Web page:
Fauquier County Public Schools in Virginia announced Friday that it will transition back to remote learning next week as the coronavirus pandemic continues to worsen in the region.
The school system said it made the decision after seeing a significant amount of community spread and a reduction in its workforce due to employees needing to quarantine after being exposed to the virus.
Three Fauquier schools are currently without their school nurses, the county said.
Fauquier Schools will engage in virtual learning from Dec. 14 through Dec. 17, at which point the schools will enter their winter break period.
A public health official for the Rappahannock Rapidan Health District said that whether students return to in-class instruction when the next semester begins on Jan. 6 is dependent on health metrics at that time.
“Getting students back to school next semester really depends on the community’s behavior, being safe, and staying away from gatherings outside of your own household for the holidays,” said April Achter, population health coordinator. “Watch your distance, wear your mask and wash your hands.”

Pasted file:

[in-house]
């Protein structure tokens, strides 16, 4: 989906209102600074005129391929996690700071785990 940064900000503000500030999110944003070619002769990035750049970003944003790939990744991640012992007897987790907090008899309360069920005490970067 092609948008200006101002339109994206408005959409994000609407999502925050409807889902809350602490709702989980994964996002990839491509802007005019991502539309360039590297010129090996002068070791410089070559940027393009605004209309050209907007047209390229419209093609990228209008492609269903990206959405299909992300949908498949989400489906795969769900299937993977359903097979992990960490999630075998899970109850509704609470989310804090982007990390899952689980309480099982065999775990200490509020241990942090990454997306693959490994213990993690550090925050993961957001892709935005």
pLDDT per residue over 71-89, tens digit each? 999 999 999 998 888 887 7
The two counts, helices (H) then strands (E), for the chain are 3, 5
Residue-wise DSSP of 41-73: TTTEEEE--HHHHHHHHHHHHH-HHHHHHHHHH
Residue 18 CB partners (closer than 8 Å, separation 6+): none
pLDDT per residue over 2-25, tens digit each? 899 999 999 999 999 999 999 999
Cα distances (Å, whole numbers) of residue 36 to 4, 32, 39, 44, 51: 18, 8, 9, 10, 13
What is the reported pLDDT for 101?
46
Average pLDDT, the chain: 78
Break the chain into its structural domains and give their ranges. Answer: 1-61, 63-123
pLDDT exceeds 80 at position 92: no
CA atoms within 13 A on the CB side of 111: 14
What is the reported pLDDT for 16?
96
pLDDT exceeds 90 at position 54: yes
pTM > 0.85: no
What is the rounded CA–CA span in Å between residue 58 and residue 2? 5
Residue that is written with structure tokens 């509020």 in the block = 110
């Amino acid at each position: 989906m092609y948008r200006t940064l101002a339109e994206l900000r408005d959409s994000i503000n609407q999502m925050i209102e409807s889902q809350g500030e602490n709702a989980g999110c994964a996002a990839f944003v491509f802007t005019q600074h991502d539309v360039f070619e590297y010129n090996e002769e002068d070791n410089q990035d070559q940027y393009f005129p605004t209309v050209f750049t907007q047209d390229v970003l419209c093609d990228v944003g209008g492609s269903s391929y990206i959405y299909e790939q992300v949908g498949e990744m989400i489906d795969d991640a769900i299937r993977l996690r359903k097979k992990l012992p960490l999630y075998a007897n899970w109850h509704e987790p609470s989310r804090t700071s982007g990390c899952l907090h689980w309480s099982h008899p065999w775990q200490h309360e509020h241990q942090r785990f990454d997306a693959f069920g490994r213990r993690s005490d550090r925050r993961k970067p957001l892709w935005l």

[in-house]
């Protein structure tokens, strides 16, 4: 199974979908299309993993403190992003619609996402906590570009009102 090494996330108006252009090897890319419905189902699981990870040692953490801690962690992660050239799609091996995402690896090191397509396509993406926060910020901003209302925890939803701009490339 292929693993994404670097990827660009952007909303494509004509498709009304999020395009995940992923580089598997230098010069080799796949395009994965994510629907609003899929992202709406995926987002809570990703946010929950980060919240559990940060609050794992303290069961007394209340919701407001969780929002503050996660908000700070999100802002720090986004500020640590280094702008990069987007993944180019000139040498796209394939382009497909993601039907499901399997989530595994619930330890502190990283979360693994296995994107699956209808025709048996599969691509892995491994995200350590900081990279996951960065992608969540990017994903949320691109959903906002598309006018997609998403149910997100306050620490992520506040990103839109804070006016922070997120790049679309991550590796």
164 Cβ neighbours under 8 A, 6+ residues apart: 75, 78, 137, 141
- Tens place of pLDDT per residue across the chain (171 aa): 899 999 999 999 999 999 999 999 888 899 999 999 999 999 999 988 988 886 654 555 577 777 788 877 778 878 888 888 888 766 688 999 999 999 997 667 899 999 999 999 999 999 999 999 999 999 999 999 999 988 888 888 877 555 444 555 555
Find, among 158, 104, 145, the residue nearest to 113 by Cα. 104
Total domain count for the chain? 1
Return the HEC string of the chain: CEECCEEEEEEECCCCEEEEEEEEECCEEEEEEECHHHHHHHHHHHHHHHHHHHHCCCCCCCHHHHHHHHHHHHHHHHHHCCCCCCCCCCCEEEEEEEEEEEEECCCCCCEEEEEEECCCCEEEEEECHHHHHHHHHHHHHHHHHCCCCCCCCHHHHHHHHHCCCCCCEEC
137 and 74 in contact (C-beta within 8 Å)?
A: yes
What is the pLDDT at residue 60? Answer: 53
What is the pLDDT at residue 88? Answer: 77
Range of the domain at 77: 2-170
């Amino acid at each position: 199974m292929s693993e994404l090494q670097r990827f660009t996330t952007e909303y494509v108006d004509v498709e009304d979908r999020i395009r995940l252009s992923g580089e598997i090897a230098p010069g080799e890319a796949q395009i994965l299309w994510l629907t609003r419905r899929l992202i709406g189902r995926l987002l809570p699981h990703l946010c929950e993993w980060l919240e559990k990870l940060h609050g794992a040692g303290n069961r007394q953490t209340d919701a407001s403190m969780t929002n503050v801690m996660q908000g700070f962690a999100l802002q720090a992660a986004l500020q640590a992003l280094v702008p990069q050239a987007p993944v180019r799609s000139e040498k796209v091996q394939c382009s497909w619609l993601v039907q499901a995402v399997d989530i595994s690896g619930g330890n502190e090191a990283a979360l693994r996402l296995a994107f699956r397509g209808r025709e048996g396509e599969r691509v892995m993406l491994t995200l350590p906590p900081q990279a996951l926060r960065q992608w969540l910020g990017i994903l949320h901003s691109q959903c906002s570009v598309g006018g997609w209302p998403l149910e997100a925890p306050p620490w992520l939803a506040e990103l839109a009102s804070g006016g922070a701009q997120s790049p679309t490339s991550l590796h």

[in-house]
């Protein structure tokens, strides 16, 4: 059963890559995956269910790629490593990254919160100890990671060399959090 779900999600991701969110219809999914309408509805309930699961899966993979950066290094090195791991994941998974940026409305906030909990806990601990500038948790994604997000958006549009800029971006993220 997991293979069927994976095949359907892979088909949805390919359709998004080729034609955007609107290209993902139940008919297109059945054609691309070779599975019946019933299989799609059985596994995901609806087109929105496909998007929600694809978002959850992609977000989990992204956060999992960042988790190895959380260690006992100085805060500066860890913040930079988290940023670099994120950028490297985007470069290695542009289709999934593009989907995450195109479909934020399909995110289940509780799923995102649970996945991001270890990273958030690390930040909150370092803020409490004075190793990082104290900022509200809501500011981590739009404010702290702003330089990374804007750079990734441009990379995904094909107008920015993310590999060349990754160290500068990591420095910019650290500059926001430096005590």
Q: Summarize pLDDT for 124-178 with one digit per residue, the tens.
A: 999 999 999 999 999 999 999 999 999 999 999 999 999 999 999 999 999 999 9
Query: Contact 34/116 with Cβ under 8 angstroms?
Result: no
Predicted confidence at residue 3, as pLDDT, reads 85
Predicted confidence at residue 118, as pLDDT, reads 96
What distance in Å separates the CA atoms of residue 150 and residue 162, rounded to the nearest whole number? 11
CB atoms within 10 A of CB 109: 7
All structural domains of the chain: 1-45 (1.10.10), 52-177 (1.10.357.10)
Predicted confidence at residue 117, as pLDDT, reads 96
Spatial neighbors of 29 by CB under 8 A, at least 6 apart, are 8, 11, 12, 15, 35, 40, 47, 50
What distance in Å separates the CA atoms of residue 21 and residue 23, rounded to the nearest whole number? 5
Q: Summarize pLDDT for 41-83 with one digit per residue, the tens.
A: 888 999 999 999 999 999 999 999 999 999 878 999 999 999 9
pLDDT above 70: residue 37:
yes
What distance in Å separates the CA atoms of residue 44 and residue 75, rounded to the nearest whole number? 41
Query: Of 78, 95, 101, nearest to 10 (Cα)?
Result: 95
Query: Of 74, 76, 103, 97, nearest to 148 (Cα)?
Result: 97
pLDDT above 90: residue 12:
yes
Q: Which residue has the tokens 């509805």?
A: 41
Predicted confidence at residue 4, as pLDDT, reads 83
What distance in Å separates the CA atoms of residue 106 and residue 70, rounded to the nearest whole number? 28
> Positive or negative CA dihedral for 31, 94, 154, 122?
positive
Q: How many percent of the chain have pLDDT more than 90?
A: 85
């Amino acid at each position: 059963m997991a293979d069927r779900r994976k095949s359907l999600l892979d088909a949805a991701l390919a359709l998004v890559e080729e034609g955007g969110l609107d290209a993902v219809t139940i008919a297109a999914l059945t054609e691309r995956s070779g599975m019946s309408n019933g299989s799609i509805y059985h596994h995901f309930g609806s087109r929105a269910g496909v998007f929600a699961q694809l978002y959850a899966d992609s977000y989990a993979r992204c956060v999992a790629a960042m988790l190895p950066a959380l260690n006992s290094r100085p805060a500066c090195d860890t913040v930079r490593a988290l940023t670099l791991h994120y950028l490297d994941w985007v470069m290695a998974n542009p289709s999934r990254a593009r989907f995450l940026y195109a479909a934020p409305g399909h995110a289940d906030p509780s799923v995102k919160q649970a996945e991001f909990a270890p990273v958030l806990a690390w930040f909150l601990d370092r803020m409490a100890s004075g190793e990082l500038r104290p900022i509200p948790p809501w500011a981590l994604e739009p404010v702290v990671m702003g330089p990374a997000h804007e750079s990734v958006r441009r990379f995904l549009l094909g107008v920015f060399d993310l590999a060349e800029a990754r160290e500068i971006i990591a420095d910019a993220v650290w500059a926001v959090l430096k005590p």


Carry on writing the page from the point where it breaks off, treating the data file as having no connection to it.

On Thursday, the Virginia Education Association also called for all public schools to go virtual as case counts rise around the commonwealth.
VEA President James J. Fedderman on why public schools should go ALL-VIRTUAL until at least mid-January. “Learning losses will be made up, but loss of life cannot be.” #COVID19 #VEAStrong https://t.co/ubm3LCpH4C
— Virginia Education Association (@VEA4Kids) December 10, 2020
Also this week, Loudoun County Public Schools made the decision to return to remote learning.
Fairfax County Public Schools is currently discussing the possibility of returning students to at least some level of in-class instruction between Jan. 12 and Feb. 2, though the superintendent said he recognizes that if health metrics continue to worsen, that timeline may be pushed back.
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